“Yes, but what about basic skills?  How, for example, could a child with no formal sequential training enter an advanced curriculum like architecture?  But traditional book learning, the memorizing of facts, which forms the most substantial portion of the curriculum of our elementary schools, will be radically altered under the impact of cybernetics – a qualitative difference, to the apparatus of culture at least as significant a change as was the printing press, even as important as the alphabet.  McLuhan pointed out the beginning of a reversal from literary to visual means of absorbing knowledge.  We can expect the escalation of this and other effects with the further development of modern media for the rapid transmittal of information.  And the amount of rote knowledge necessary either for children or adults will itself be vastly reduced, for we shall have computer banks within easy reach.  After all, why store facts in one’s head when computer banks could supply more comprehensive information instantaneously?  (Already yesterday’s children wondered why they must learn multiplication tables rather than the operation of an adding machine.)  Whatever mental storing of basic facts is still necessary can be quickly accomplished through new mechanical methods, teaching machines, records and tapes, and so on, which, when they become readily available, would allow the abolition of compulsory schooling for basic skills.  Like foreign students in the pursuit of a specialized profession, the child can pick up any necessary basic ‘language’ on the side, through these supplementary machine methods.  But it is more likely that the fundamental skills and knowledge necessary will be the same for adults as for children: skill in operating new machines.  Programming skills may become universally required, but rather than through years of nine-to-five memorizing, they could be absorbed instantly, only when required by a specific discipline.”

The Dialectics of Sex

Okay so it hasn’t played out exactly this way, but still, pretty prescient.  And if her view of the future is what we have in store, then oh boy, shit’s about to get real.

The Exorcism

December 8, 2016

You guys might remember a few months ago, I wrote about a friend of mine who had died as a result of a long battle with anorexia.  Well, maybe about a year before she died, this friend mentioned in an email to me that she had once been at a long-term Christian treatment program where the other patients attempted to exorcise her.  I became interested in researching this place, and, thinking I might write about it, interviewed my friend about her experience there.  I eventually abandoned the project because I heard another journalist was quite far along in writing an expose of this treatment program (which will go unnamed but probably wouldn’t be difficult for the intrepid Googler to find) although to my knowledge that journalist’s piece has never been released.  I guess the motivation now is because in the wake of my friend’s death, I want people to know about her and her life and what she went through, not for any “awareness” or “stigma” reasons, just because she was a goodhearted person and the ordinary folk of the world don’t get New York Times obits (although sometimes I fantasize about a column that highlights the stories of the non-famous, which can be just as moving).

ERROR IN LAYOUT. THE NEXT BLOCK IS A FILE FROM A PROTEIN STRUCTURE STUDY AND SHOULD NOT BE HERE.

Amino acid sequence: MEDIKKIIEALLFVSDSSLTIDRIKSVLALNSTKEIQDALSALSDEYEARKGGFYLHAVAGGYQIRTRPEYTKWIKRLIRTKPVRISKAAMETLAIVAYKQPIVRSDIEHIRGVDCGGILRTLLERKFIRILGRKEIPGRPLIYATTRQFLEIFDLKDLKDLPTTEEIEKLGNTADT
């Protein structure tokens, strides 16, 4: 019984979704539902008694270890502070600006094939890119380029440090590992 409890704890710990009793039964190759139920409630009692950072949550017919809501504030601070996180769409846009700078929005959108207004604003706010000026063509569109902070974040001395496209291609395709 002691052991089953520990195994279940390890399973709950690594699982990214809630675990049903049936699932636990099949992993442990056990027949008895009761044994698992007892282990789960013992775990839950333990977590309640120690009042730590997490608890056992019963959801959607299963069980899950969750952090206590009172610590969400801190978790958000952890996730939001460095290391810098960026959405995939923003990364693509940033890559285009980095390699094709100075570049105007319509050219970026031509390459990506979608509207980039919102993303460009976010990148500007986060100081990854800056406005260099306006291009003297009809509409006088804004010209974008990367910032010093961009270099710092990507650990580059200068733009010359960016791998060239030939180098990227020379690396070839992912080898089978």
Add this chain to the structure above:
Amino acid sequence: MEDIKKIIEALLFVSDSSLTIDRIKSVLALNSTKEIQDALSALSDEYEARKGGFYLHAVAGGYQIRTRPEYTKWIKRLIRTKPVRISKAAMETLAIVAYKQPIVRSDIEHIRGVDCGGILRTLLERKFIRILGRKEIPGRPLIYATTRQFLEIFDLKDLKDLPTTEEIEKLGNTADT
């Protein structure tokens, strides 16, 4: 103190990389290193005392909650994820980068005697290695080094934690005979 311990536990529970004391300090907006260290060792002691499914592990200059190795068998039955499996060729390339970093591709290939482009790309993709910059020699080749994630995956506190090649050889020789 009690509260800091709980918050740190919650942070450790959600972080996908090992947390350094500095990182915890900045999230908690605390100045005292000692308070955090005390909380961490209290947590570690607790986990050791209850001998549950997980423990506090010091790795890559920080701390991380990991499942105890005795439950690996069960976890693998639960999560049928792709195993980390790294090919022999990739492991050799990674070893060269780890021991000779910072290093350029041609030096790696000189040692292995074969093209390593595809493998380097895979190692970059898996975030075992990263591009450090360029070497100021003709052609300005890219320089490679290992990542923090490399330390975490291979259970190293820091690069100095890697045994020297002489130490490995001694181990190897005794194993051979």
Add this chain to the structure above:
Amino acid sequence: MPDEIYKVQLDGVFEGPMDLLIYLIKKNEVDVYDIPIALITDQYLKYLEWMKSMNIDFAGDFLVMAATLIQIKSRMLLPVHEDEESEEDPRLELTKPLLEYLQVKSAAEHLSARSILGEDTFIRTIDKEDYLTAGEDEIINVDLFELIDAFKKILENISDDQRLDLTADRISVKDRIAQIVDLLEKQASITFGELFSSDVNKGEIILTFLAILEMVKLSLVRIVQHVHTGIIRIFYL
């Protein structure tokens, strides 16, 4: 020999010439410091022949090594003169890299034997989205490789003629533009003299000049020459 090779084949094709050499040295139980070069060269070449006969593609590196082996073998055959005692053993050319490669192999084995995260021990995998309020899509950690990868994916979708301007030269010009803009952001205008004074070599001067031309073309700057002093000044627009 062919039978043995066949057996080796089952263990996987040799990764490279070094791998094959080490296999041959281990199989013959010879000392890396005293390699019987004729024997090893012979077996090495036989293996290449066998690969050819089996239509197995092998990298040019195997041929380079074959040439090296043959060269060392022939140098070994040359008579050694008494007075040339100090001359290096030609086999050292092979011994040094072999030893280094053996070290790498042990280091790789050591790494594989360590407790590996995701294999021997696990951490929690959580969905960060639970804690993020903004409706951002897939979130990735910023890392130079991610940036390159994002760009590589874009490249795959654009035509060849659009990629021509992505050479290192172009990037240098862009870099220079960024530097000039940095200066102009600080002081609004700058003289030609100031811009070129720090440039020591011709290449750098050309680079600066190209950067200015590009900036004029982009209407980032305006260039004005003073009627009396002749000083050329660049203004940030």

Describe your religious background, and your personal beliefs, as of then and now.

I was raised Catholic and attended Catholic grammar school as well as high school.   My family and I went to church every Sunday and my faith was part of my up bringing. Everything from holidays to school gatherings to CYO (Catholic youth organization) basketball and Girl Scouts was centered around my Catholic faith.

Did you ever feel personally doubtful of your faith?  Or did you just always accept it?  

I used to always accept it but since being sick I have become doubtful and angry. “Why do I have to have this?” “Why can’t I seem to get better like everyone else” “why can’t I be normal and function” etc…. I still struggle with that.  But as I’ve gotten older (and hopefully wiser) and have had new experiences and met more people, I realize God didn’t do this to me!! I just have to use what I have today and do the best I can.  And even though these past 12 years have been hell, I would’ve never met some great people, traveled to God knows how many states for treatment, and have had some interesting experiences that other people my age and from my background would have ever had or will ever have!

How old were you when you first developed anorexia?